By: Tim Pellaton
- 20 year Barefoot Tournament Driver -
- Nationally Ranked Senior Driver -
- Chief Driver at National and World Events -
- Chief Safety Director at National and World Events -
- 19 year Member of USA Waterski ABC Division Towboat Committee -
The purpose of this page, is to try and provide safe driving tips to new and seasoned drivers of boats, on both a Recreational and Tournament basis. Prior to driving any boat or personal water craft, you should have a firm understanding of the state laws and guidelines to operating a boat in that state.
I have observed drivers over the years at both tournaments and in a recreational setting, bringing their boats into a dock, even though at idle speeds and the driver turns the engine off while the boat is still moving forward. Remember, the weight of most boats is around two to four thousand pounds. Boats moving even at an idle speed can make contact with a stationary dock with enough force to injure some unsuspecting fingers, hands or limbs. It's been my practice to use the power of the engine in the boat, with the reverse throttle application to stop the forward movement of the boat prior to making contact with the dock. In this way, either a person in the boat or standing on the dock does not have to use their body strength or body parts, to stop the movement of the boat and take the risks of getting something injured or strained. There you have it, now go out and try it.
Retrieving Fallen skiers/wakeboarders/barefooters
When pulling a person behind your boat, it is inevitable that they will experience a fall. Turning around and going back to that person can be done in different ways, some safe, some not as safe.First you will focus on keeping your fallen skier in sight. When you first negotiate your turn to go back to your skier (in a public waterway), you should be aware of any other boats that might interfere with the safe turning of your boat. Once you have determined that other boats will not interfere with your turn, you can negotiate that turn and head back to your fallen skier. When approaching your skier always keep that skier on the driver side of the boat instead of the passenger side of the boat. By returning to the fallen skier and keeping them on the driver side of the boat, you always have a clear and unobstructed view of your skier. If the skier is going to continue to ski, you will be circling around that skier until the towline is stretched taught. Caution: never throttle the boat up to pull your skier out of the water until two things occur. First; the towline must be strait and taught and you must be able to follow the rope from the boat all the way to the handle in the skier's hands.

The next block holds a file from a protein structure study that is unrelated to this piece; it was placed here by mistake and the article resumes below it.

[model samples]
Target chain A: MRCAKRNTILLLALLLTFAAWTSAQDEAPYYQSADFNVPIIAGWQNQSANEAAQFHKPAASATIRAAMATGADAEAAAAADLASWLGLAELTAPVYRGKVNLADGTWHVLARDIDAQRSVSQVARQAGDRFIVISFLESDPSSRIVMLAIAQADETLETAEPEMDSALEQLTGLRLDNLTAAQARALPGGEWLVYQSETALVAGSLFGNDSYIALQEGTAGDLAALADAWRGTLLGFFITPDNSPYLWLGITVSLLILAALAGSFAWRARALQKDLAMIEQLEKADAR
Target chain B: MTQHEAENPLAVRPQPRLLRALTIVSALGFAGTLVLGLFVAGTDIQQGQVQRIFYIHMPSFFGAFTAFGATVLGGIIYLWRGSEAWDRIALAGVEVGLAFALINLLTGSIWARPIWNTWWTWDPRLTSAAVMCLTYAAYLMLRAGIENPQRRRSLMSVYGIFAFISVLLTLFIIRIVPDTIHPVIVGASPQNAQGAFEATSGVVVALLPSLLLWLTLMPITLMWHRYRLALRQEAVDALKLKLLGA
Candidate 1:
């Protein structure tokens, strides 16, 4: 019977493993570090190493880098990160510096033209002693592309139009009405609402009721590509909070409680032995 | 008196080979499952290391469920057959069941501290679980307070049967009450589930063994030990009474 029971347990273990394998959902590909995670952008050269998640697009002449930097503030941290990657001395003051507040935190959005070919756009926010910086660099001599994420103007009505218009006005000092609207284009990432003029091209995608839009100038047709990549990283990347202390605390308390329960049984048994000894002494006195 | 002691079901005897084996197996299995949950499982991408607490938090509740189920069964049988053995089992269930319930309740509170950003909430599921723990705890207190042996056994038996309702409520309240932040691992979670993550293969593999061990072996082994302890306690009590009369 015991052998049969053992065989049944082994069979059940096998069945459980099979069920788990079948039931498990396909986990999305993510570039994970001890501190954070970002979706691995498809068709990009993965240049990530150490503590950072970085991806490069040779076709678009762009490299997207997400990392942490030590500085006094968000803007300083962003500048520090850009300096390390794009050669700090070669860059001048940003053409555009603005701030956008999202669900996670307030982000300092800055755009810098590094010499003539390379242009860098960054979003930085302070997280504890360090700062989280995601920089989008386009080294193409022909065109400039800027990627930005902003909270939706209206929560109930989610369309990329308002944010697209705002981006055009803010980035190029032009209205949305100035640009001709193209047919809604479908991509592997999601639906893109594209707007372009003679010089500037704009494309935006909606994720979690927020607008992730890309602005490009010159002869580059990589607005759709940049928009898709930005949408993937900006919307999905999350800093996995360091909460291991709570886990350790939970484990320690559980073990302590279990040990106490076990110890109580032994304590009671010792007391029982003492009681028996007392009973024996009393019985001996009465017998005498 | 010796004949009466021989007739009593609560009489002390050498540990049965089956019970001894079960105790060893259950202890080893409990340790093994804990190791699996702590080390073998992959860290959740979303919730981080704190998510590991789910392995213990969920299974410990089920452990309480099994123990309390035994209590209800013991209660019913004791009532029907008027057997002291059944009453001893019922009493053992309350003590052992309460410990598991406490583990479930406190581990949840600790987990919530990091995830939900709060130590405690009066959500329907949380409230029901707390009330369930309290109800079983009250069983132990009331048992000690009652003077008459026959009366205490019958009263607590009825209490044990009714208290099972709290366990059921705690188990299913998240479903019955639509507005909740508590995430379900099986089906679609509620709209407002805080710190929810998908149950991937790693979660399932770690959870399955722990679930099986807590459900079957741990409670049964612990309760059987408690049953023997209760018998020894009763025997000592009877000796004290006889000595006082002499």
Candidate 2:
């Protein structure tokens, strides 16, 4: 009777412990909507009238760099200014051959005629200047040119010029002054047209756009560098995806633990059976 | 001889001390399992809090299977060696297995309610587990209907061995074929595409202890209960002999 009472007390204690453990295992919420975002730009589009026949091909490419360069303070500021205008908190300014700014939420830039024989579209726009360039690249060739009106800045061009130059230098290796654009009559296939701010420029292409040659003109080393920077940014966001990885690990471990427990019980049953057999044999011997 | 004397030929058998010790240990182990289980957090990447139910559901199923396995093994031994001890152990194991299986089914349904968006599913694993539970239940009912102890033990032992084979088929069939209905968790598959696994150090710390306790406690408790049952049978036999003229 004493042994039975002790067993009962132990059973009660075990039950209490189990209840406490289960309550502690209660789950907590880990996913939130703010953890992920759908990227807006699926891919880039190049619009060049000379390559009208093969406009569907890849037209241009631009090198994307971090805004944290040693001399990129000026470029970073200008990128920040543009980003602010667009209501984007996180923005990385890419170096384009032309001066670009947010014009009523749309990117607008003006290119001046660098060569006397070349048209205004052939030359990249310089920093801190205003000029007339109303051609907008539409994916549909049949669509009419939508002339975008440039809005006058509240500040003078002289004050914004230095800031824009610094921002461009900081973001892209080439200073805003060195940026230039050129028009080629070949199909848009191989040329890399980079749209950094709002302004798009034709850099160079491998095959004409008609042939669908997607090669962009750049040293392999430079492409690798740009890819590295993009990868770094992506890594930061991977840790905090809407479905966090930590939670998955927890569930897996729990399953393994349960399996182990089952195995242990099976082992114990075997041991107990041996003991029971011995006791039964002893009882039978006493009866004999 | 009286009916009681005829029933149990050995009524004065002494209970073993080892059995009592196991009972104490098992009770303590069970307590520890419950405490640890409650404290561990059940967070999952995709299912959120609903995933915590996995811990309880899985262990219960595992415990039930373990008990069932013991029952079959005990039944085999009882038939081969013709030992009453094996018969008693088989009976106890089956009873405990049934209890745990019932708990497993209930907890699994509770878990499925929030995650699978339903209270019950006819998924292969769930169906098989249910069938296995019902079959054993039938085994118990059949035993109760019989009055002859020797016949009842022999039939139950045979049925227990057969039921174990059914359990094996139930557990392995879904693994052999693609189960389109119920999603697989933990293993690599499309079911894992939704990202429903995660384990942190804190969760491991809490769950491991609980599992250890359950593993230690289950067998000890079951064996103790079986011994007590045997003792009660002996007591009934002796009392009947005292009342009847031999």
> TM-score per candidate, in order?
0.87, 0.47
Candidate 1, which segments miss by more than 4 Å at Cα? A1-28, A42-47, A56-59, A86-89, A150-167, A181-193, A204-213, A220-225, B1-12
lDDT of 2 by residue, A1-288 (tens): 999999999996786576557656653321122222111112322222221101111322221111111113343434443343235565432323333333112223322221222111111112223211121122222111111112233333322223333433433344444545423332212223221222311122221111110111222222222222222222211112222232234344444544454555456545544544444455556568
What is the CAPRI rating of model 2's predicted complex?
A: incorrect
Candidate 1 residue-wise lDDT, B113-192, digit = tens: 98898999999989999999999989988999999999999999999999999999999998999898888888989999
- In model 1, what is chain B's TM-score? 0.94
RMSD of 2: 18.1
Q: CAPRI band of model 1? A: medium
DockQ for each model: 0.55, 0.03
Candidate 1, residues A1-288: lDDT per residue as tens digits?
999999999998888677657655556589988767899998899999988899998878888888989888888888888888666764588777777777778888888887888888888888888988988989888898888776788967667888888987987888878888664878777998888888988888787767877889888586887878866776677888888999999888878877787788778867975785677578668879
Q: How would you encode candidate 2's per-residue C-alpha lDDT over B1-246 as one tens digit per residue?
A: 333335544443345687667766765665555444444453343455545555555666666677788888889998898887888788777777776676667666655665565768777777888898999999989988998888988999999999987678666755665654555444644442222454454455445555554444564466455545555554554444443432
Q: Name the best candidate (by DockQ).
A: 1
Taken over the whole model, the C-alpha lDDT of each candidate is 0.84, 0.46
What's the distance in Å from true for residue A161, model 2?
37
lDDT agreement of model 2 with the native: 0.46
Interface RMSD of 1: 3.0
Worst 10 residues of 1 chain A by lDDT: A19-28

Second, always wait until the skier gives a verbal command indicating they are ready to be pulled out of the water. Your process must be in this order, line straight back to the skiers handle and taught and skier ready to go with an audible command. If you follow the above procedure you can help to greatly reduce the chances for any mishaps.
Pulling skiers on public waterways
You can never be too alert when pulling someone behind your boat. With the lakes and rivers getting more crowded every year, a driver must stay alert to all other boat traffic within site of his own boat. An observer, as required by most states, is your key helper in allowing you to be aware of the other boat traffic on the waterway you are using. The two of you should communicate when ever necessary in order to stay informed about the status of your skier, other boats and how you should navigate around or away from that traffic. By working together, you again reduce the opportunities for any kind of mishap. It is a healthy practice, like on the road in a car, to keep alcohol and any other mind altering drugs out of the driver's seat in a boat.